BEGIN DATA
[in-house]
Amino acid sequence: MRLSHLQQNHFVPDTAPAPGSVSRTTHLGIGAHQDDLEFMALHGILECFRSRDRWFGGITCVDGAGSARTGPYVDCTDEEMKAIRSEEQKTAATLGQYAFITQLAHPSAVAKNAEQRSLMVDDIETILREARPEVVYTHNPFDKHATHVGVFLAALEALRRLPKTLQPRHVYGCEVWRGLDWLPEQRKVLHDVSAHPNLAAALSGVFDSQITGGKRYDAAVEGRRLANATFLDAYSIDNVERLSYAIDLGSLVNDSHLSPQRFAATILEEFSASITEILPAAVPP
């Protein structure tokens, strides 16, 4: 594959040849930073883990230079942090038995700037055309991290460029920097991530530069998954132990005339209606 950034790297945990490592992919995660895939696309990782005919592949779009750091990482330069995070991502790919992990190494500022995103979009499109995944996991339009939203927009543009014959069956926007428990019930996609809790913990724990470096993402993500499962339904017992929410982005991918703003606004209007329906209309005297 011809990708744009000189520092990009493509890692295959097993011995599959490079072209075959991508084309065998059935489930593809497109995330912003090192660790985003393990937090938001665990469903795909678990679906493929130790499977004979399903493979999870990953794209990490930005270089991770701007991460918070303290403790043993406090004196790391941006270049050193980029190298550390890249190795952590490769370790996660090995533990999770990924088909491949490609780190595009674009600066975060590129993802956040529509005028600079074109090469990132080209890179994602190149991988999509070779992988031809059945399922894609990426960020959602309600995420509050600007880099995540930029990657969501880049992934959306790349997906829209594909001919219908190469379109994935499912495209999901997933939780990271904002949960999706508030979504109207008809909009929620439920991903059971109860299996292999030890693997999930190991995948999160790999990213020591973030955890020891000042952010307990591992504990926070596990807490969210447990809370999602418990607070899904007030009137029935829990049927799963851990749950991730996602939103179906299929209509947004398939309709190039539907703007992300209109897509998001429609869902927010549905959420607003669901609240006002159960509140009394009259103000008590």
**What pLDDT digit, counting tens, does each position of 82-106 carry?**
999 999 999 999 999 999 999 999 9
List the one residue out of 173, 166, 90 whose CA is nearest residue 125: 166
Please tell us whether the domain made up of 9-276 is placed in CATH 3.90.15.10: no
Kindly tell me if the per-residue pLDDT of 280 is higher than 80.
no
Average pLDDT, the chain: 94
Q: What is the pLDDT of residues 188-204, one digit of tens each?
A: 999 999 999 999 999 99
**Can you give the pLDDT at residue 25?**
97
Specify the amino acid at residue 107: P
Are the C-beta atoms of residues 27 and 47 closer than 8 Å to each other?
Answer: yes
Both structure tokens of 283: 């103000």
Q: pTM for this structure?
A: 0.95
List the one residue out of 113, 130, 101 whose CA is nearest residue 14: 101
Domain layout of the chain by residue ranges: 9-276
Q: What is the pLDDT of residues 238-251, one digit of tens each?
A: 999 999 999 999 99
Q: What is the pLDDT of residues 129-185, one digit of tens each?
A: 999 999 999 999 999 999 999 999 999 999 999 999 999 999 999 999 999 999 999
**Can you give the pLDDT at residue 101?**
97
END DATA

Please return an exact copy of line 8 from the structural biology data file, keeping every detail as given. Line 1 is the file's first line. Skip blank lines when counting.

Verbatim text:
Kindly tell me if the per-residue pLDDT of 280 is higher than 80.